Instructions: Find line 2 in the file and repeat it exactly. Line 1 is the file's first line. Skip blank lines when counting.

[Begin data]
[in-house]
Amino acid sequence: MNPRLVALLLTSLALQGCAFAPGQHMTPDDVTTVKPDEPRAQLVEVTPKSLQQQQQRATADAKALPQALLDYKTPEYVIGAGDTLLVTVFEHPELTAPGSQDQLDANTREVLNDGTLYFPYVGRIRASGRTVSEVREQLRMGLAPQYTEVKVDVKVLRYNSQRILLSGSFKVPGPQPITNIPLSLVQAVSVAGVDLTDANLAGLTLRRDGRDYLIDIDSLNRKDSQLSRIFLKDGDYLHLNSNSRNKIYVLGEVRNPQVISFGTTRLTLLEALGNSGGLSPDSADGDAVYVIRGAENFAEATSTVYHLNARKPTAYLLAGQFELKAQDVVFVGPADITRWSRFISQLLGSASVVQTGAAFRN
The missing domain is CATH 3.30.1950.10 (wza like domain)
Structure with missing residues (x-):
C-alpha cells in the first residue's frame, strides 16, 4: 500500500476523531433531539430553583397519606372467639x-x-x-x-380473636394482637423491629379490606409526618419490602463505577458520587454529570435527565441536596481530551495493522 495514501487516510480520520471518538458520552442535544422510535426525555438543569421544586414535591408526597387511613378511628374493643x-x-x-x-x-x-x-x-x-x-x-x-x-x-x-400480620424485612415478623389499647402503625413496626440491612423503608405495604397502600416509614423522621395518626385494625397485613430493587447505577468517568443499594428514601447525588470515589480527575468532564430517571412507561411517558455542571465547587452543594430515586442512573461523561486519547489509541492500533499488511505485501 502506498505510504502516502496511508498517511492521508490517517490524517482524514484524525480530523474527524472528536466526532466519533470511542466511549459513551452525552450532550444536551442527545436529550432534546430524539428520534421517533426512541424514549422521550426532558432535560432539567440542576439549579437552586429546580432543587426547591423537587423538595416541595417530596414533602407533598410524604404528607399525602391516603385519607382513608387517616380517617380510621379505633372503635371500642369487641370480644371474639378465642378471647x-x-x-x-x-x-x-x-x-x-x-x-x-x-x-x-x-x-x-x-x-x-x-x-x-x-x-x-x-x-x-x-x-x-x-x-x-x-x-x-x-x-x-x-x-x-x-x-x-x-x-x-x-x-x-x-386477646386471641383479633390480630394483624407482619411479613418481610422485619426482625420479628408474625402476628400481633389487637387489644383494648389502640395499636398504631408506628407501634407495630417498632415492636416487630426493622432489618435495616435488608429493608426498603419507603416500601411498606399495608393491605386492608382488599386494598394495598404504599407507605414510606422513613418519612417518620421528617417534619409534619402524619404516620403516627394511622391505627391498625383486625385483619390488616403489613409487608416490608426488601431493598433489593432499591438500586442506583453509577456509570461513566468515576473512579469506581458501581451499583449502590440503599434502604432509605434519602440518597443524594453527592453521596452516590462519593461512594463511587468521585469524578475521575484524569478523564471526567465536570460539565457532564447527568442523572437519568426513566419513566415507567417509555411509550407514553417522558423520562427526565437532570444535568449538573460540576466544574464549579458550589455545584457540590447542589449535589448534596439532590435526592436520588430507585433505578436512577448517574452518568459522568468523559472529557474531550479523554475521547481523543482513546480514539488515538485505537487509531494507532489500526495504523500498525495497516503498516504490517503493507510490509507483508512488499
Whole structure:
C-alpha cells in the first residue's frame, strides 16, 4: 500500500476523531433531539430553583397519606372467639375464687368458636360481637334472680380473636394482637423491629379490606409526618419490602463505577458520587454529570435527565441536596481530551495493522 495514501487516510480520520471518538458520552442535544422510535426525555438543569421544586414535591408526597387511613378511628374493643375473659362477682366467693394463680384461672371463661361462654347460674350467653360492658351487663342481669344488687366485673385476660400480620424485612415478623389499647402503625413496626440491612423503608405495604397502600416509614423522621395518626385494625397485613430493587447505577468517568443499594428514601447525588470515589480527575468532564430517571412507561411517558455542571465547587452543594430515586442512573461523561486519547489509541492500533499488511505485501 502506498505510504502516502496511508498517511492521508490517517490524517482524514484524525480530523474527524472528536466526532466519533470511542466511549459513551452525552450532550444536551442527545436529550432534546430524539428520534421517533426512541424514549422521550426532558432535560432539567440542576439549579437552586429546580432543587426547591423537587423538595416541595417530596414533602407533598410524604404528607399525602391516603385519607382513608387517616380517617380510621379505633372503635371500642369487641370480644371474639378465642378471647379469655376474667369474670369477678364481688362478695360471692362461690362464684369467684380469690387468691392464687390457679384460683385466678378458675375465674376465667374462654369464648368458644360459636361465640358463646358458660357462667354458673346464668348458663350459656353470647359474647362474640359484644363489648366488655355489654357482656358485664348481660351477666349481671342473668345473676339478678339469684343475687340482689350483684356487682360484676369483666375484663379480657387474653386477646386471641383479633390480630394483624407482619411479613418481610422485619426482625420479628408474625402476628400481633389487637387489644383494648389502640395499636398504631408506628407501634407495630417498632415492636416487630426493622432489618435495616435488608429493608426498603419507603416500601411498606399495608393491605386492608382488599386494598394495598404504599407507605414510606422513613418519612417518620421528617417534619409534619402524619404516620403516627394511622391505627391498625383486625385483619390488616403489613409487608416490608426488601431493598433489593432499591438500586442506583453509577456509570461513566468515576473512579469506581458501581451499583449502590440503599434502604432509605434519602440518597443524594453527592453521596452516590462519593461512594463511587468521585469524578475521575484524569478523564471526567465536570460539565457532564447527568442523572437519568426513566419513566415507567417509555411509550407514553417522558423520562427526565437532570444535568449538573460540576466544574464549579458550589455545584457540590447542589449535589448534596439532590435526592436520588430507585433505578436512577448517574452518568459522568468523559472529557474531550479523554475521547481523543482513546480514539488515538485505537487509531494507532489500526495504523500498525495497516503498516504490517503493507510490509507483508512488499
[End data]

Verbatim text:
Amino acid sequence: MNPRLVALLLTSLALQGCAFAPGQHMTPDDVTTVKPDEPRAQLVEVTPKSLQQQQQRATADAKALPQALLDYKTPEYVIGAGDTLLVTVFEHPELTAPGSQDQLDANTREVLNDGTLYFPYVGRIRASGRTVSEVREQLRMGLAPQYTEVKVDVKVLRYNSQRILLSGSFKVPGPQPITNIPLSLVQAVSVAGVDLTDANLAGLTLRRDGRDYLIDIDSLNRKDSQLSRIFLKDGDYLHLNSNSRNKIYVLGEVRNPQVISFGTTRLTLLEALGNSGGLSPDSADGDAVYVIRGAENFAEATSTVYHLNARKPTAYLLAGQFELKAQDVVFVGPADITRWSRFISQLLGSASVVQTGAAFRN